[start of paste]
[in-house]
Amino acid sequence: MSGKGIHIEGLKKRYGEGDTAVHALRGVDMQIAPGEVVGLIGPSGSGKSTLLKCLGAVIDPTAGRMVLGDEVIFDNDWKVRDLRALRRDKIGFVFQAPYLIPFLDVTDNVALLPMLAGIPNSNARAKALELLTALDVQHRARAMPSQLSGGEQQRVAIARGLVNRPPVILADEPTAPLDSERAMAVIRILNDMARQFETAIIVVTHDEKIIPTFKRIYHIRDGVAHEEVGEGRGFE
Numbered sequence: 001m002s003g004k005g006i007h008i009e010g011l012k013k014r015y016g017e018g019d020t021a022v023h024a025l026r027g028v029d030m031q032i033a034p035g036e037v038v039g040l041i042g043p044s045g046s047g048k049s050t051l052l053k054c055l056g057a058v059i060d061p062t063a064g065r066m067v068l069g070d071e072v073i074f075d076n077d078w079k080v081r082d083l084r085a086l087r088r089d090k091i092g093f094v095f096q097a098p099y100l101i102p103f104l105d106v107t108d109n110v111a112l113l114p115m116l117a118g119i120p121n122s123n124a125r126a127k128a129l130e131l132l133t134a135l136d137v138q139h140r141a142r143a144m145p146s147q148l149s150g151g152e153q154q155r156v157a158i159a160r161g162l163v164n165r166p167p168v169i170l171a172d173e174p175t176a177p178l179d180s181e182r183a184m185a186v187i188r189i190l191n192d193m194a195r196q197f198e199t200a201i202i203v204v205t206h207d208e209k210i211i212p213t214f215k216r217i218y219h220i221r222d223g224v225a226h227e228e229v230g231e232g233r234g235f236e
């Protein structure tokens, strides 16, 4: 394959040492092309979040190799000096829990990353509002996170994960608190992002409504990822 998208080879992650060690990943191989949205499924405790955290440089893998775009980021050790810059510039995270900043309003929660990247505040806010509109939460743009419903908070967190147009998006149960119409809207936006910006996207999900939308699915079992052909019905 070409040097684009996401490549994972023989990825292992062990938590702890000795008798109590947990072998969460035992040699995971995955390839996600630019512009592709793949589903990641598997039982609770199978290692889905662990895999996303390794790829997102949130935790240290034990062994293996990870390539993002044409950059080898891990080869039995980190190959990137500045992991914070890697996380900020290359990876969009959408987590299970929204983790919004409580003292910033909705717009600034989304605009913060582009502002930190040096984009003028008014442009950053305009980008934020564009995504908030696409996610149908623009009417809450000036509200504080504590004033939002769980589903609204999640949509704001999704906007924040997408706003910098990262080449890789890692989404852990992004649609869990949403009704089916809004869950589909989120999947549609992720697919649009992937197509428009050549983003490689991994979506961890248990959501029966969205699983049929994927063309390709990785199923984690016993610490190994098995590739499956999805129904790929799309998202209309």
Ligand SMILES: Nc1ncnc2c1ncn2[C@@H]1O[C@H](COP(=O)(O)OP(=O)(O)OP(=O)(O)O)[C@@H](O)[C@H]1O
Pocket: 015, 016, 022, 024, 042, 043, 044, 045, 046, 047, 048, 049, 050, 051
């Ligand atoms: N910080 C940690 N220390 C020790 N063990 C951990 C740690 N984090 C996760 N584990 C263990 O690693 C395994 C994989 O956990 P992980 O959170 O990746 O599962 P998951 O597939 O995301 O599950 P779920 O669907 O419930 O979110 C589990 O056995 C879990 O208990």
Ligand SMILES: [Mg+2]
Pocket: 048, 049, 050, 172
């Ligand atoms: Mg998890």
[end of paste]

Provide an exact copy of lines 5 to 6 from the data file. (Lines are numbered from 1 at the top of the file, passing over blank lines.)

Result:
Ligand SMILES: Nc1ncnc2c1ncn2[C@@H]1O[C@H](COP(=O)(O)OP(=O)(O)OP(=O)(O)O)[C@@H](O)[C@H]1O
Pocket: 015, 016, 022, 024, 042, 043, 044, 045, 046, 047, 048, 049, 050, 051